MEXICO CITY, April 14 (Xinhua) -- Latin America will suffer its worst economic contraction since the Great Depression this year due to the impact of the novel coronavirus pandemic and the collapse of raw material prices, the International Monetary Fund (IMF) and experts have warned.
Due to the effects of the coronavirus pandemic, the IMF forecast a 5.2-percent reduction in the gross domestic product (GDP) in Latin America and the Caribbean this year, a far cry from the 1.6-percent growth rate it anticipated in January for the region.
Many countries face crises on multiple fronts, from shock to healthcare to domestic economic upheaval, a drop in external demand, changes in the flow of capital and plunging raw material prices, said the IMF.
It is possible and even likely that countries will see even much worse growth figures, the organization said in its latest World Economic Outlook report released on Tuesday.
"As a result of the pandemic, the global economy is projected to contract sharply by -3 percent in 2020, much worse than during the 2008-2009 financial crisis," warned the IMF.
"The Great Lockdown" will lead to the worst recession since the Great Depression, it added.
The IMF report forecast a 6.6-percent drop in Mexico's GDP and a 5.3-percent drop in Brazil's, Latin America's two largest economies, with a recovery of 3 percent and 2.9 percent, respectively, in 2021, preliminary projections show.
Chile and Peru will see a 4.5-percent drop in GDP while Argentina, the region's third largest economy, will plummet 5.7 percent, shrinking for the third year in a row.
Alfredo Coutino of Moody's Analytics expects the region to see a 5.5-percent drop in growth, in part due to the impact of the coronavirus.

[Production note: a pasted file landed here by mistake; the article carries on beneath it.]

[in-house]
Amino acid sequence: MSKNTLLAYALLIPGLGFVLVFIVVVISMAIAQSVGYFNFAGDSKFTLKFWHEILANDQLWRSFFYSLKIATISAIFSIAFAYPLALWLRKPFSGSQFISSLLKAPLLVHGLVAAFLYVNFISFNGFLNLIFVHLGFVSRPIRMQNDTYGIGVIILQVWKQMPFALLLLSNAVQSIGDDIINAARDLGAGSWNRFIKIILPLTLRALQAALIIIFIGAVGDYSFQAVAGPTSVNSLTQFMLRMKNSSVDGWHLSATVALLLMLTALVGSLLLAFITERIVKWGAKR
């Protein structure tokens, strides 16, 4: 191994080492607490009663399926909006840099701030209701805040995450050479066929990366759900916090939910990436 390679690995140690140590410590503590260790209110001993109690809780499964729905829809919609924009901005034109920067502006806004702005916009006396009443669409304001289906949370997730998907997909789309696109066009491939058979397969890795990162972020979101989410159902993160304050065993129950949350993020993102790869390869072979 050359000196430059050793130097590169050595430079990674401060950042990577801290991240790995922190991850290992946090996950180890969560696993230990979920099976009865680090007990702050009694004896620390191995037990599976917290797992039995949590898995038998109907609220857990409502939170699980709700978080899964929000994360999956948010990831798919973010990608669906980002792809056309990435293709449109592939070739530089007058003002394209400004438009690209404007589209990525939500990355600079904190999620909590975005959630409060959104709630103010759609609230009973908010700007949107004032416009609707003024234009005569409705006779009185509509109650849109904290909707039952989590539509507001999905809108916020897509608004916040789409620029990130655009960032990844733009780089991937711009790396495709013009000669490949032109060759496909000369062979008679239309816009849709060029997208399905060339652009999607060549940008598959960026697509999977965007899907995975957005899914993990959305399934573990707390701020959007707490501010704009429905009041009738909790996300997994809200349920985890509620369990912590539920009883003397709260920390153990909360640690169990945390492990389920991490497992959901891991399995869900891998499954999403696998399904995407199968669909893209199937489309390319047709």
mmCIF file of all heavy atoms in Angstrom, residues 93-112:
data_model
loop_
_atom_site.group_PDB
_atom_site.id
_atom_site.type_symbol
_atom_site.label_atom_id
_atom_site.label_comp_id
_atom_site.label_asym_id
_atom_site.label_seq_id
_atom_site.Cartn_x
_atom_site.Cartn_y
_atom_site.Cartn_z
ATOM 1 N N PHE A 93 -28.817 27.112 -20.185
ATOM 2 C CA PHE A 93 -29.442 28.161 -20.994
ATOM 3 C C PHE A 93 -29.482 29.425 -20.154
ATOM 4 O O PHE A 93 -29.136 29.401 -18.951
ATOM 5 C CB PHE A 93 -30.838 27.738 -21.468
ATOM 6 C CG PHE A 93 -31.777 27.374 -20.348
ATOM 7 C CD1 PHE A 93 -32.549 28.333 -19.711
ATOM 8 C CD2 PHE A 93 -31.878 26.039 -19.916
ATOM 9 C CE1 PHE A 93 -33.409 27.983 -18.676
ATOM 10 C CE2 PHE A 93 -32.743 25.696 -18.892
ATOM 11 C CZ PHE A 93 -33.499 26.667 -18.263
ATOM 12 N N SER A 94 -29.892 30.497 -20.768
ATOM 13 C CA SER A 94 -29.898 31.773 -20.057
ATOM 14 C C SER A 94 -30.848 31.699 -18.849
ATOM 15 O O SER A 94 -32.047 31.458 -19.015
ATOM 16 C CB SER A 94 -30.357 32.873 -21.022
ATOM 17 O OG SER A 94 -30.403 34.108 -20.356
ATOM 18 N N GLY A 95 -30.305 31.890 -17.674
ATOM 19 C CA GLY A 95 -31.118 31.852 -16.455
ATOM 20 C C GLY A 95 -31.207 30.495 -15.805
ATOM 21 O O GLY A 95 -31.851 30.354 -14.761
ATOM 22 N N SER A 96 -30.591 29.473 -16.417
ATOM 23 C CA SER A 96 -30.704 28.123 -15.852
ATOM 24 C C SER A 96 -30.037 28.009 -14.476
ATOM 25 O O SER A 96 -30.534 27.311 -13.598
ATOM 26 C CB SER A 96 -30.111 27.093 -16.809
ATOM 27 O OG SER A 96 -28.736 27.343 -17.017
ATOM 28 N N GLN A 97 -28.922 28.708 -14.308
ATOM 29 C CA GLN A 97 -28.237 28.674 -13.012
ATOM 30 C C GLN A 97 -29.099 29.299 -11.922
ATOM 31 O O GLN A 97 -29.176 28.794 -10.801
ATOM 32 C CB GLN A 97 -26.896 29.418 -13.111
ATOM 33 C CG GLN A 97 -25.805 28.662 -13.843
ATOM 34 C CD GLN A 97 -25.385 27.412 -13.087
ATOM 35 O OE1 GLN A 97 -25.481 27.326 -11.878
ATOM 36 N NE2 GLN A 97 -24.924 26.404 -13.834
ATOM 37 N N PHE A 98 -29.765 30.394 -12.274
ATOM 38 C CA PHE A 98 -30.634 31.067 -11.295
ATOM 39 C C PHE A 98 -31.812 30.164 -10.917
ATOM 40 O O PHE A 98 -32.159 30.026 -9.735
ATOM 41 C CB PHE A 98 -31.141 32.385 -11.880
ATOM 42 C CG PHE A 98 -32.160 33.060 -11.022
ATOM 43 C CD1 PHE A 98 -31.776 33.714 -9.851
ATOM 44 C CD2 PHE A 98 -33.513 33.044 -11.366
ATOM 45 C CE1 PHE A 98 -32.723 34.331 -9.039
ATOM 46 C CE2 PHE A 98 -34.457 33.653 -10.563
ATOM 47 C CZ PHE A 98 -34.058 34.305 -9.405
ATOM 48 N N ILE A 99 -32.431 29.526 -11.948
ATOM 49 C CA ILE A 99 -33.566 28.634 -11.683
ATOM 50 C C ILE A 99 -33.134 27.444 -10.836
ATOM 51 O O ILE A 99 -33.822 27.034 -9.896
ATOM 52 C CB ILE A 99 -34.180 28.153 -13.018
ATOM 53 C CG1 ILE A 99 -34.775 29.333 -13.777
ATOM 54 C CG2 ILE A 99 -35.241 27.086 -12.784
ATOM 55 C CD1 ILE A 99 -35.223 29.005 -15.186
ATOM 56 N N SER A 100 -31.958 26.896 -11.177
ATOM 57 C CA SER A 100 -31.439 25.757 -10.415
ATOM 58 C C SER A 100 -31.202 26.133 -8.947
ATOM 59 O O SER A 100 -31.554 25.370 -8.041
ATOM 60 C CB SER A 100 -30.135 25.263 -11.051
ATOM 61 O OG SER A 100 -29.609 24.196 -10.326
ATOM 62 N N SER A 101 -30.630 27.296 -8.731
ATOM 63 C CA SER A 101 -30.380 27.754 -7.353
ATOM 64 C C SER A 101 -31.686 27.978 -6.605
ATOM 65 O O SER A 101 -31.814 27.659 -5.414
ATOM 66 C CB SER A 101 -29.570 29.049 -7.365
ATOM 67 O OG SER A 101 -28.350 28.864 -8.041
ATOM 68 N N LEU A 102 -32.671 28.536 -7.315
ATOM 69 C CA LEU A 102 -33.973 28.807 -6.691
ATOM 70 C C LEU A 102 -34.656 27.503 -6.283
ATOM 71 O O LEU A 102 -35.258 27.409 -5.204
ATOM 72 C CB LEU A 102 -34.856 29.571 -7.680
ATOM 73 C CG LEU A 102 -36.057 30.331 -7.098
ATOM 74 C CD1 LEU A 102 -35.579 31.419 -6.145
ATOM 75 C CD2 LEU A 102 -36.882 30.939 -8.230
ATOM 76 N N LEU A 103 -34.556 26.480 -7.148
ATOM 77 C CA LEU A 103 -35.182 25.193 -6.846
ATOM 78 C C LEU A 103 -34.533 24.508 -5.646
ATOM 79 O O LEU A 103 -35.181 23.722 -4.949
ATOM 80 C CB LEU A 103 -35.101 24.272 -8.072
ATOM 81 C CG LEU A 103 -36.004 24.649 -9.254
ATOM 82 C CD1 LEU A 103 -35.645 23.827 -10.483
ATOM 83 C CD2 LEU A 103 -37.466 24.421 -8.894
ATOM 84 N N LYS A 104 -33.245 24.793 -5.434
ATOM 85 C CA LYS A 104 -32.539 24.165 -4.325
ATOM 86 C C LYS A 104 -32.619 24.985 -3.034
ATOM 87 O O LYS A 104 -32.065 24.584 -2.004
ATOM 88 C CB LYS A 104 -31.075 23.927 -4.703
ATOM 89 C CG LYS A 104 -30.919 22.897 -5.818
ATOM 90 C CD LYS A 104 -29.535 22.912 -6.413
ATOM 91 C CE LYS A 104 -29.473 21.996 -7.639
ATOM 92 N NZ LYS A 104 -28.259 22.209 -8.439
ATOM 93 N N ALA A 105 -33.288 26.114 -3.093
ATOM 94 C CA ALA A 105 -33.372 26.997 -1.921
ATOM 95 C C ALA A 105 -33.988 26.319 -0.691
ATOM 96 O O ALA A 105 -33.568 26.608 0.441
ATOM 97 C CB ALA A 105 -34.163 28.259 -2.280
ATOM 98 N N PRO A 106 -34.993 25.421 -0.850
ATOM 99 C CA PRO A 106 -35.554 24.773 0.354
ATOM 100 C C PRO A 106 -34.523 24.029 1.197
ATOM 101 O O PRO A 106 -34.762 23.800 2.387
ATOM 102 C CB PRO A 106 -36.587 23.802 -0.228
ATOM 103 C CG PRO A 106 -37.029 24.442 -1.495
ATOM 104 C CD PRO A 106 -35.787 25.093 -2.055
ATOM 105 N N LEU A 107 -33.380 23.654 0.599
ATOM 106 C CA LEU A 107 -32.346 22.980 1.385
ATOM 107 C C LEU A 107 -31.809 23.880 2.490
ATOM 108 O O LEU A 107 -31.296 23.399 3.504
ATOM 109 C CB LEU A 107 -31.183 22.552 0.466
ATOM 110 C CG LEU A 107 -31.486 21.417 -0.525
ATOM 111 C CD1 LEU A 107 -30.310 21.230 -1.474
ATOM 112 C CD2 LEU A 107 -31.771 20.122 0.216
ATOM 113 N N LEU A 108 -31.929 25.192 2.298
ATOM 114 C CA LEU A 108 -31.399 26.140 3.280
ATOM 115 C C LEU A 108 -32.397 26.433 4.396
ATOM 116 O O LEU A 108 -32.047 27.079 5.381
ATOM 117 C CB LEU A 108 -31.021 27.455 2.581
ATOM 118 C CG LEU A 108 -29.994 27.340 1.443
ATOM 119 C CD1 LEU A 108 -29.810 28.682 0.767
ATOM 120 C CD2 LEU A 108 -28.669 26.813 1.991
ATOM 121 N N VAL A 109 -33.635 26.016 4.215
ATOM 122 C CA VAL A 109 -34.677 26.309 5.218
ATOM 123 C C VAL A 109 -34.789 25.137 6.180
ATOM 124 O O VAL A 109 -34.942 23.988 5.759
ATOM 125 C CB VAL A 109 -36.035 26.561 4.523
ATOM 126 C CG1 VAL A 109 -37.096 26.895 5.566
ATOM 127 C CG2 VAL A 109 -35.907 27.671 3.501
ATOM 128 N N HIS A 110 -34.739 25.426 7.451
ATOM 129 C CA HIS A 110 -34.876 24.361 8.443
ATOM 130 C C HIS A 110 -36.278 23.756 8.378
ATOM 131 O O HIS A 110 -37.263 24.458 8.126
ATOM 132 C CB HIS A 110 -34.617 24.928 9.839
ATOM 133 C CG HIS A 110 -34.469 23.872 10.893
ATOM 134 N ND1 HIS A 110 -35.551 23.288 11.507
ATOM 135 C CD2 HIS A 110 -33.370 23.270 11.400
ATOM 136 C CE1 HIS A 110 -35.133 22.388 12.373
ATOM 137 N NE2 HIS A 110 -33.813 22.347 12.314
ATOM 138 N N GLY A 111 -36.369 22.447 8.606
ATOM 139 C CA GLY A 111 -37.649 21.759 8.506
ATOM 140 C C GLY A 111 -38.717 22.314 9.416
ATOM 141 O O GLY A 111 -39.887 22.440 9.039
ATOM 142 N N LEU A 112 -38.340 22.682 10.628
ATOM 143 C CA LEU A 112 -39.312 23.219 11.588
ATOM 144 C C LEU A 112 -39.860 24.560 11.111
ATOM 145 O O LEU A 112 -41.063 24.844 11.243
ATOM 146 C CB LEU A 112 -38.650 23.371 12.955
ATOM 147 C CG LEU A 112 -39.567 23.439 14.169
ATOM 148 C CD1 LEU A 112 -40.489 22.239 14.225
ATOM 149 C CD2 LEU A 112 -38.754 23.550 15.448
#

"The virus is spreading at an accelerated rate in Latin America, and I don't think we are going to see a peak (in the infection rate) for some time yet," Coutino told Xinhua.
"Several factors explain why some countries are more affected than others, including whether they have greater exposure to the economies of China or the United States, whether they tackled the pandemic correctly or whether they have a large number of people in the informal sector," he added.
According to Coutino, Mexico's economy will shrink 6.5 percent this year, Brazil's will contract 6 percent, and Chile's, 5.5 percent.
Among the five leading factors that will worsen the already "anaemic situation" in Latin America is the halt in tourism in countries such as Argentina, Brazil, Chile, Colombia, Mexico and Peru, he said.
The lower-than-expected exchanges with traditional trade partners like China and the United States will also take a toll on the Latin American economy as Mexico and Central America rely heavily on the U.S. economy for trade and remittances, while South America has close ties with China through investment and trade in raw materials, he noted.
The drop in the prices for certain raw materials on the international market will reduce revenues for some producer countries and even spark capital flight, cautioned the expert.
"I see that the recent drop in financial markets and aversion to risk are curbing the (cash flow) bonanza effect of companies and investors, affecting investment and decisions on consumption," said Coutino.
On the domestic side, the confinement of the working class will lead to an increase in unemployment and the bankruptcy of small businesses, said Coutino.
Pedro Tuesta, an economist at Continuum Economics, a London-based research firm, noted that the region has little fiscal wiggle room to deal with the pandemic, meaning that several countries may face a drop in their credit ratings.